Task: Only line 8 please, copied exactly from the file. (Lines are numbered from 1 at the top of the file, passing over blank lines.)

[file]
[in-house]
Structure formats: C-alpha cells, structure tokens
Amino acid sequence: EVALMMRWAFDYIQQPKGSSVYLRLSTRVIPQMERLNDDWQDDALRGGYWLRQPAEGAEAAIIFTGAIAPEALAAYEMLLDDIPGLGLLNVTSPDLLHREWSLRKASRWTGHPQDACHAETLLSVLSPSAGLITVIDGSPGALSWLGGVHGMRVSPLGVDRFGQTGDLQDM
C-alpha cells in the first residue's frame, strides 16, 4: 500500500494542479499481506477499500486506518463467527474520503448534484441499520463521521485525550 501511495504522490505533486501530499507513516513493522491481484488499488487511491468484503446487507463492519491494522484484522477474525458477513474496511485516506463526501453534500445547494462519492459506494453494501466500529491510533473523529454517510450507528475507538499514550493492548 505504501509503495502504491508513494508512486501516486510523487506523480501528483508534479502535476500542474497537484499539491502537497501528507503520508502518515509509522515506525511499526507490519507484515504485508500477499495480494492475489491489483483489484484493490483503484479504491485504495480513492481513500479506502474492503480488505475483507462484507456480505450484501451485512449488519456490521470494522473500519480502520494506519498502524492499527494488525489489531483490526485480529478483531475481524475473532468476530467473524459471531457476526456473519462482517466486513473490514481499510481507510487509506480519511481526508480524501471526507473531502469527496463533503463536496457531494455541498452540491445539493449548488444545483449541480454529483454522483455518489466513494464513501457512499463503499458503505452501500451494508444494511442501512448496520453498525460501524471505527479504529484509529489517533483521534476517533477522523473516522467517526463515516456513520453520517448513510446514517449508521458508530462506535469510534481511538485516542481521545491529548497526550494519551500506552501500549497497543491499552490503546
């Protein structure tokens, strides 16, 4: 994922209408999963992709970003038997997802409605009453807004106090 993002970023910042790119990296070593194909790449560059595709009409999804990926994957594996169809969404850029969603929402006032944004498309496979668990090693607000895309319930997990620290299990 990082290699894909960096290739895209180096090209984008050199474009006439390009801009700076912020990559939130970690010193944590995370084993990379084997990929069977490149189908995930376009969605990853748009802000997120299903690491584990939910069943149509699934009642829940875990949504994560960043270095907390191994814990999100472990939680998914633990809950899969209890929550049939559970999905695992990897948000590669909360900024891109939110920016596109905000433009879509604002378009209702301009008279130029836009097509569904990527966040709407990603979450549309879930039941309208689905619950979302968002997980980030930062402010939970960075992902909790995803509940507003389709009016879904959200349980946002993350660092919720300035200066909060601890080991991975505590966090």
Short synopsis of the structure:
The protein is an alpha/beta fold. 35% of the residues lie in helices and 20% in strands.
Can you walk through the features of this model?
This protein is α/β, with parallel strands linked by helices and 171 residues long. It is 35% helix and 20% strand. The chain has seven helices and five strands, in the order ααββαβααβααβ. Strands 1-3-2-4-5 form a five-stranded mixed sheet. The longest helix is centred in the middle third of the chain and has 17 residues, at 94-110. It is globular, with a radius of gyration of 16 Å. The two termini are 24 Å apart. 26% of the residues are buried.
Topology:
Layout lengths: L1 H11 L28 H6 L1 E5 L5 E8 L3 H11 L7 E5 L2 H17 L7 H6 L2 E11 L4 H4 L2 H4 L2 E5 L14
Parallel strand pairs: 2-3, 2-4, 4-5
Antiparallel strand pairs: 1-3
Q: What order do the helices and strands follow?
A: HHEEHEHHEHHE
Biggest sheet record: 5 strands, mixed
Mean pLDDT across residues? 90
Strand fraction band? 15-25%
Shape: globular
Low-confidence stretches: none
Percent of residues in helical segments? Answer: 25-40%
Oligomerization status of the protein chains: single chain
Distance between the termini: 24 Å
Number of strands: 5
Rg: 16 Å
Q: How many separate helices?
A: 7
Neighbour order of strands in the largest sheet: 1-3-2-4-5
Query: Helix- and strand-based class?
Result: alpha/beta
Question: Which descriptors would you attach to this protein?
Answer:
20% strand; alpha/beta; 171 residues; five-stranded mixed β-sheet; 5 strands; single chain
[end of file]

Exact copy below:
Can you walk through the features of this model?